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Duane Eubanks's second release for the Swiss TCB label follows the path carved out for his first album, viz., a strong affinity for those Blue Note and Prestige hard bop groups of the 1960's. Not only is this leaning evident in the up tempo material, but in the slower paced pieces as with his lovely ballad "Too Late". Its pensive aura recalls the small group recordings by Miles Davis, Hank Mobley and Lee Morgan.
This allegiance is not only evident in the playing but in the play list which includes pieces composed by Mobley, Morgan and Bobby Hutcherson. Once again Eubanks has teamed with older brother Robin whose presence on trombone adds a level of experience and imagination. It helps to raise this album above the ordinary and make it one of the better hard bop releases of 2001. They show the benefits of a familial bond as they exchange ideas on such cuts as Hutcherson's "Little B's Poem". The Eubanks and their fellow instrumentalists, much like the 1960's groups, take an intelligent approach to the music.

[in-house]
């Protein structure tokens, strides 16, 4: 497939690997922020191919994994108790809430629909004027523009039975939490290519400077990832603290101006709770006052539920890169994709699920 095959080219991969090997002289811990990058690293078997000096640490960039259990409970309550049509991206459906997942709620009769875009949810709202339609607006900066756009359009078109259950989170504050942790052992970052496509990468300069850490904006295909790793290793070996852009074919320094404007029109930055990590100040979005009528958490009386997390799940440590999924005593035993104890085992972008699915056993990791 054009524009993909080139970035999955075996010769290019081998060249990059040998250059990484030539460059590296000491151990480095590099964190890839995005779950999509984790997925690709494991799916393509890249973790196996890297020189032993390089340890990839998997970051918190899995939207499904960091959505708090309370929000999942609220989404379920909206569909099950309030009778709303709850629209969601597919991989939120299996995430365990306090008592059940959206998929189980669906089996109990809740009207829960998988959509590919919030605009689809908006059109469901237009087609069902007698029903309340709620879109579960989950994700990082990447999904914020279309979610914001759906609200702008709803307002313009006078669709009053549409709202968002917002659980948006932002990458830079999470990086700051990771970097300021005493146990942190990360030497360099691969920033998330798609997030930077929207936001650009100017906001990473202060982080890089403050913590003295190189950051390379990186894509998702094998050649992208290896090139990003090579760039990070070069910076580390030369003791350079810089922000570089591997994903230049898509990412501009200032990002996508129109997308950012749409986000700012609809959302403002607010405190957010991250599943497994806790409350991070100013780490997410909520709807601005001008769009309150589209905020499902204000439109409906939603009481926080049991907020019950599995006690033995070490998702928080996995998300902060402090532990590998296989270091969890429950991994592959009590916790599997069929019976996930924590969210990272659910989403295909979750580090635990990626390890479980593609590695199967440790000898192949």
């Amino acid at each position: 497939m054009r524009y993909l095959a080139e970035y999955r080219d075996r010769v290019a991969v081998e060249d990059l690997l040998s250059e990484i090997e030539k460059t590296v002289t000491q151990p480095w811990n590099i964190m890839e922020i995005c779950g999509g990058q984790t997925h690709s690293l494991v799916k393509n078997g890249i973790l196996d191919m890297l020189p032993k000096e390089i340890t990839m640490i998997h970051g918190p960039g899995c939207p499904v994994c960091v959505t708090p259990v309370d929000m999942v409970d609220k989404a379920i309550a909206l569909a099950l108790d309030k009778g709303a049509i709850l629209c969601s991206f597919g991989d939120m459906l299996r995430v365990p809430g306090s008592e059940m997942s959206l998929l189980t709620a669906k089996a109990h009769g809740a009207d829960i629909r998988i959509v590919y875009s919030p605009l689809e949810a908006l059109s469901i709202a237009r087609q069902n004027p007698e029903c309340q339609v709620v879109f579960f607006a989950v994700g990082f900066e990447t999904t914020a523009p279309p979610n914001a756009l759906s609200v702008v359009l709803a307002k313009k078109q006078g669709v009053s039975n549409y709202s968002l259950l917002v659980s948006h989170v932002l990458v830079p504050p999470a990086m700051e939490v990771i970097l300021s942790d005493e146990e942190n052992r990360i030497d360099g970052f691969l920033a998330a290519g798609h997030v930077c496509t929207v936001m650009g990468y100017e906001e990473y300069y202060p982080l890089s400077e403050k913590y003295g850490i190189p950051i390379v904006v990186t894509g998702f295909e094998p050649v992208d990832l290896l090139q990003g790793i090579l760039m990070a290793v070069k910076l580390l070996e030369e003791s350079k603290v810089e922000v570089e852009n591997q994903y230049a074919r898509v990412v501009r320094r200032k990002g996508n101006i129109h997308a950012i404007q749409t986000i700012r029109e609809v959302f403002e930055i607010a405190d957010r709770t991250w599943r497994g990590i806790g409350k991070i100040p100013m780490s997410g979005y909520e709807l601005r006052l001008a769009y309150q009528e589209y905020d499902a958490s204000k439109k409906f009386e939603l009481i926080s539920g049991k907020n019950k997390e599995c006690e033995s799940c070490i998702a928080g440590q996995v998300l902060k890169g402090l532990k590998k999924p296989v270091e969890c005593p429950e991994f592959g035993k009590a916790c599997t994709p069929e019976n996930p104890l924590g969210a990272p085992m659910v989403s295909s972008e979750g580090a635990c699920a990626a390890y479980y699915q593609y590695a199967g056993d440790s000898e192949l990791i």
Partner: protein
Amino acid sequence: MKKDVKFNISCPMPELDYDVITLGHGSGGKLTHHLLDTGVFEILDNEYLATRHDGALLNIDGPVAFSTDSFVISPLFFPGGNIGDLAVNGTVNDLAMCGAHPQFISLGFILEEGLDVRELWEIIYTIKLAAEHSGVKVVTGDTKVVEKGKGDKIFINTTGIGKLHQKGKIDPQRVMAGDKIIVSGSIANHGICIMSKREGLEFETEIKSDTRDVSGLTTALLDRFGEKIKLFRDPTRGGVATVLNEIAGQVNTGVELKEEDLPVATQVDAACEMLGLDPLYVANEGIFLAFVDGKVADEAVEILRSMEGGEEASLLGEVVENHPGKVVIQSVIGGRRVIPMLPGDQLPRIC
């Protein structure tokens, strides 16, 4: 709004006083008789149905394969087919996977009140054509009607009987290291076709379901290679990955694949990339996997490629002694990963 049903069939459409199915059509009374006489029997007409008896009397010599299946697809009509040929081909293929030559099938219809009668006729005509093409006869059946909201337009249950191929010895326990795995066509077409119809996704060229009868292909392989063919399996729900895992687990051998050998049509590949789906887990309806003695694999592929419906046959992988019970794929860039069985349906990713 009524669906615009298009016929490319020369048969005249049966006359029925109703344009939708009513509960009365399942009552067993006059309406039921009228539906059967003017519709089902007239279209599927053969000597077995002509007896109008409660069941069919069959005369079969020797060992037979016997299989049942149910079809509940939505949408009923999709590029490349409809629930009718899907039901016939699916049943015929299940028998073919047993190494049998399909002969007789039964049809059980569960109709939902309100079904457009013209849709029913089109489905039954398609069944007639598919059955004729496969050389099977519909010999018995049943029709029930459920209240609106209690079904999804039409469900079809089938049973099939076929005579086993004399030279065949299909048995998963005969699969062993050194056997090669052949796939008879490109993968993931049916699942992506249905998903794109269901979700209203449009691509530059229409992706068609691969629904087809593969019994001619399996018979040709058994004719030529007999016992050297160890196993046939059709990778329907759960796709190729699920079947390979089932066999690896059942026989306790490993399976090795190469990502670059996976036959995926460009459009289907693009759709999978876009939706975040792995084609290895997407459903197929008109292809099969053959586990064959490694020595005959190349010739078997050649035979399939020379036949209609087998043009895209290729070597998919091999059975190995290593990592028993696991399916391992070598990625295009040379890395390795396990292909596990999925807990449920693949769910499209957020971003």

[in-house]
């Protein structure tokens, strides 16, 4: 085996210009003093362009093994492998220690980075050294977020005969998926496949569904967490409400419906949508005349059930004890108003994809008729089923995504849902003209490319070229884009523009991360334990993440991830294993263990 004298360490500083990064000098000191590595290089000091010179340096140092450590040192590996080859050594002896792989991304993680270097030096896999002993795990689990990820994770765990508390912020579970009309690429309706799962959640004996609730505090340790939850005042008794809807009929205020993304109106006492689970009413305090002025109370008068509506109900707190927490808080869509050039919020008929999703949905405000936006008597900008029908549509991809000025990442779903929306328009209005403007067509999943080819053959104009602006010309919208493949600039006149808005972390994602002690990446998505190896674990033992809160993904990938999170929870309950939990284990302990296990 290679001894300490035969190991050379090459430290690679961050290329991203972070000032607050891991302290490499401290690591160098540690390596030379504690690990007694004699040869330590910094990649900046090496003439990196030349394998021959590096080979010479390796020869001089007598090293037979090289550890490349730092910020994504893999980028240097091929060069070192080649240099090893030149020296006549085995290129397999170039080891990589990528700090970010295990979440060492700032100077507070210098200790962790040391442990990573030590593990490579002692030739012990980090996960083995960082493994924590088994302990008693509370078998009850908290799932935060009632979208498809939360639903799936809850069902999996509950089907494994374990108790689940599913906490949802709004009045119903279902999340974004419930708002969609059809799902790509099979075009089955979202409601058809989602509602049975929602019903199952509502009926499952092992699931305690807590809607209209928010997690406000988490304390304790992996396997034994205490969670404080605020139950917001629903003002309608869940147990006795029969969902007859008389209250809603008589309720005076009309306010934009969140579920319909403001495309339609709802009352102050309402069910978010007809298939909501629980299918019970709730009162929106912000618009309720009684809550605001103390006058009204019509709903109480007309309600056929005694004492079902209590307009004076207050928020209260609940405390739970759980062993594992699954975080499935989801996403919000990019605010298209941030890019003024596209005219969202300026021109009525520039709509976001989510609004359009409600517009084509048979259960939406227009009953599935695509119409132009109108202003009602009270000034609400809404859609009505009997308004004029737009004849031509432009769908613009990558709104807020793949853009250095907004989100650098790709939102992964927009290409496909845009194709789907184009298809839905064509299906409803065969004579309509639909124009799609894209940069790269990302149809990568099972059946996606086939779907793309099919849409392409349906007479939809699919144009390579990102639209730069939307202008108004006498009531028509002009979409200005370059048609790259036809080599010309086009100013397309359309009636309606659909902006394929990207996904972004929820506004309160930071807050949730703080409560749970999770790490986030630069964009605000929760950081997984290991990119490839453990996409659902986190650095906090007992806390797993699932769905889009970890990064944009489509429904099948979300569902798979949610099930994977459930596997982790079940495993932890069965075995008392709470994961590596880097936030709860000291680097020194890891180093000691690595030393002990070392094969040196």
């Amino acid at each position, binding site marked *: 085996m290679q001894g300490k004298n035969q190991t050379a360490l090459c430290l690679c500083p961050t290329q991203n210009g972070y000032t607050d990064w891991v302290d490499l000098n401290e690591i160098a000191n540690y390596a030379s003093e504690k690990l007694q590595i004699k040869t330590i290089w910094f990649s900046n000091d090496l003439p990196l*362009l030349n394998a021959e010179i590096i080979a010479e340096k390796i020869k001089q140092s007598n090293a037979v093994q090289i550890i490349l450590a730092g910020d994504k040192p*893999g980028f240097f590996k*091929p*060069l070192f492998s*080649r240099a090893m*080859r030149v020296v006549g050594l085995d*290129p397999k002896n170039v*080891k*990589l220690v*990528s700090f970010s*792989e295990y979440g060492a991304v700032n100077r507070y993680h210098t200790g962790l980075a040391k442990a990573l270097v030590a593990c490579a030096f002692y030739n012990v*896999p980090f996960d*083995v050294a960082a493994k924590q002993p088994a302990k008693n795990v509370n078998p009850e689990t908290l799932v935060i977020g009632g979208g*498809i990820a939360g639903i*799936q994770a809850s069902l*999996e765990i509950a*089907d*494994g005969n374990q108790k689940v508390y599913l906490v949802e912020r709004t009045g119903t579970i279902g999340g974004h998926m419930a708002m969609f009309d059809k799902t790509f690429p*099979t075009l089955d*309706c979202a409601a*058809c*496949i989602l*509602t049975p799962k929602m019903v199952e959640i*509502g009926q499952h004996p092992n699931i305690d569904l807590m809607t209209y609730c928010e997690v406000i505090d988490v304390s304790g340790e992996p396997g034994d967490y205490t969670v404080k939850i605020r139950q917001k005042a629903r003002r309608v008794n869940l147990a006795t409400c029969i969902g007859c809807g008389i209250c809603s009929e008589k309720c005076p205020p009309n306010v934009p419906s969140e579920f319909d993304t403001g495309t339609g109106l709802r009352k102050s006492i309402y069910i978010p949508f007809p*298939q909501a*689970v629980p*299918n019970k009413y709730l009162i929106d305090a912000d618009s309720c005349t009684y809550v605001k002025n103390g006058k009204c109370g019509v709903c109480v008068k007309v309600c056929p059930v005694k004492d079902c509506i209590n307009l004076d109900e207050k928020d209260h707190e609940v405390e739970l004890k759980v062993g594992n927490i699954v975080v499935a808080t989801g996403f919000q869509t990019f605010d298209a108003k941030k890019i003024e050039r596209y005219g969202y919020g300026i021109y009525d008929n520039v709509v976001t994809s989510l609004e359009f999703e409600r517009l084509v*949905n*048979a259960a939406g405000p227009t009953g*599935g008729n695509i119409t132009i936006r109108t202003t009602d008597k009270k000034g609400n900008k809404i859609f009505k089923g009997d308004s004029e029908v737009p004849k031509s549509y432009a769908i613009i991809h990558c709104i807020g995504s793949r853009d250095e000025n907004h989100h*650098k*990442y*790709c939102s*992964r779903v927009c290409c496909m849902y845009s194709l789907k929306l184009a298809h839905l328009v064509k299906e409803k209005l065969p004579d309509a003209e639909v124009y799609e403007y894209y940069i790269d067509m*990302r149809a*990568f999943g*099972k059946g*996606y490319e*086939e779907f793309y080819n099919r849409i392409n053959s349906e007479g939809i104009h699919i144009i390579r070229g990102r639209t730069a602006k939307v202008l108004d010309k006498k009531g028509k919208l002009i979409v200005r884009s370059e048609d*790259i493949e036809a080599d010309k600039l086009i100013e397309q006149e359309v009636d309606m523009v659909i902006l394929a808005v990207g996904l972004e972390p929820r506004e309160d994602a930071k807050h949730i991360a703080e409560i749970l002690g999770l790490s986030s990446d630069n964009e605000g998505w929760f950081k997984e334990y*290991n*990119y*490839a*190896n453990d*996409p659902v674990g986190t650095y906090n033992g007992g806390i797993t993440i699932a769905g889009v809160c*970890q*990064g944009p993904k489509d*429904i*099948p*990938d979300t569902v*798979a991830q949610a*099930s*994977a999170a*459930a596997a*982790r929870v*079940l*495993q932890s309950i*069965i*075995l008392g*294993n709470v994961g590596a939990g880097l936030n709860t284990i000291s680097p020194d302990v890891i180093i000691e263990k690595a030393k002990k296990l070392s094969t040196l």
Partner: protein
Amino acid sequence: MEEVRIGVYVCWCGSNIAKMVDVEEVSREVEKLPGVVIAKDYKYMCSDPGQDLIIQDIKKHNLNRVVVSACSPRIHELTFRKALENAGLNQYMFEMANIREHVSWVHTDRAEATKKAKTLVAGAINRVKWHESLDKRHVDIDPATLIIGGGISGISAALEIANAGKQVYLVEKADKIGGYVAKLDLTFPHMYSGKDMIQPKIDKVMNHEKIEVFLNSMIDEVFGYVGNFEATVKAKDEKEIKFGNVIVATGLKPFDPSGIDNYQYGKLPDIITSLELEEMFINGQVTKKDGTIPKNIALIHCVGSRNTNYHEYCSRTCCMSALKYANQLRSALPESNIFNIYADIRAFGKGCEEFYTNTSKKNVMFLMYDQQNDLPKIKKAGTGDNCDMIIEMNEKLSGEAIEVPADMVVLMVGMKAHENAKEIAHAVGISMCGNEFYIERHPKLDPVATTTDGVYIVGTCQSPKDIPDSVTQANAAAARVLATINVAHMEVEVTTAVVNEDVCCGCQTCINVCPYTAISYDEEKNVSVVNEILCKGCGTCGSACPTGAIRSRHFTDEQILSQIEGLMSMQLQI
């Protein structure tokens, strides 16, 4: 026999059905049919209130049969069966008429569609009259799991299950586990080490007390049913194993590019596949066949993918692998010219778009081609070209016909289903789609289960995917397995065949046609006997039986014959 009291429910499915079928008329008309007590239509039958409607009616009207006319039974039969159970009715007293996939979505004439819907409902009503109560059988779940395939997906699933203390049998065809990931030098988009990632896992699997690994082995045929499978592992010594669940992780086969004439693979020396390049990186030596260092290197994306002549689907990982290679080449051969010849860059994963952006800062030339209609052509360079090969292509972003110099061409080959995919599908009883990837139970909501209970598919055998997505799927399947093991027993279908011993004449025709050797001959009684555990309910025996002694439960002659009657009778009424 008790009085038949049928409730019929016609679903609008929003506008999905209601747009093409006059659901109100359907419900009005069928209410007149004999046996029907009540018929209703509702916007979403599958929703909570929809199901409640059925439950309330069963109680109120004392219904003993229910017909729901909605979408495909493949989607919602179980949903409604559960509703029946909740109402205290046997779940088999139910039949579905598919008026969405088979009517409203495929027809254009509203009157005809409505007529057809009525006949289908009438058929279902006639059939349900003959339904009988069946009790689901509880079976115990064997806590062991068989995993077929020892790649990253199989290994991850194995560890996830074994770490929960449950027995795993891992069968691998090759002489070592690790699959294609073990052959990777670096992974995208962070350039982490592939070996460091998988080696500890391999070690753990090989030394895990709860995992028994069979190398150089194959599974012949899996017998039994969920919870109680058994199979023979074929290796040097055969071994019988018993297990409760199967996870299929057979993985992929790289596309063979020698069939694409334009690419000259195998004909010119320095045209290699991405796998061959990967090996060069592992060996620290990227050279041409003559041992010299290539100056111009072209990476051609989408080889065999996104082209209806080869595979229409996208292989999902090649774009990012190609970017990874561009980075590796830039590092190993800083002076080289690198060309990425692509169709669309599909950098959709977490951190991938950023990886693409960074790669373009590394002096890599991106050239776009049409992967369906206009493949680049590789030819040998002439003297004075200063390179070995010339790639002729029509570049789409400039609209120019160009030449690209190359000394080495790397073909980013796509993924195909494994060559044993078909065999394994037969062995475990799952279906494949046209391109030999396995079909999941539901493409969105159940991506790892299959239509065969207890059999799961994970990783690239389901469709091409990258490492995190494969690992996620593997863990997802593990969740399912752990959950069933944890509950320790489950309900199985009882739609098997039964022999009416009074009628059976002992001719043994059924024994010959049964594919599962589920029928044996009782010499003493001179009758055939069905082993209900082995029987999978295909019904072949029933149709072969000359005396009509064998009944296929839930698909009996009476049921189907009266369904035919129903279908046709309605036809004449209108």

While the level of improvision is extraordinarily inventive, it is not ramshackle, but symmetrical. Even the drum breaks and solos avoid becoming anarchistic and are similar to what one would expect to hear from Connie Kay with the Modern Jazz Quartet. But this does not mean the playing is routine. They reconstruct Dave Brubeck's "In Your Own Sweet Way" featuring dazzling bass plucking by Dwyne Bruno and rat a tat drumming by Peterson providing the underpinning for some thrilling solos by the horns, punctuated with some tongue in cheek blowing by both Eubanks. Orrin Evans on piano goes his own way on this piece which a different journey than taken by Brubeck.
Second Take is a highly enjoyable session which is highly recommended.
Track Listing: Two and One; Little B's Poem; The Enemy Within; In Your Own Sweet way; Too Late; Red, Black and Green Blues; Stopstart; Ebony Slick; Slew Footed
Personnel: Duane Eubanks - Trumpet/Leader; Robin Eubanks - Trombone; JD Allen - tenor Sax; Orrin Evans - Piano; Dwyne Bruno - Bass; Ralph Peterson - Drums; Antonio Hart - Alto Sax
Jazz is a creative explosion of individual freedom and communication.
I was first exposed to jazz when I was a kid. My father had a music store.
The best live performance I ever attended was Kenny Garrett in Harlem, New York.
The first jazz record I bought was Saxophone Colossus by Sonny Rollins.
My advice to new listeners is keep listening!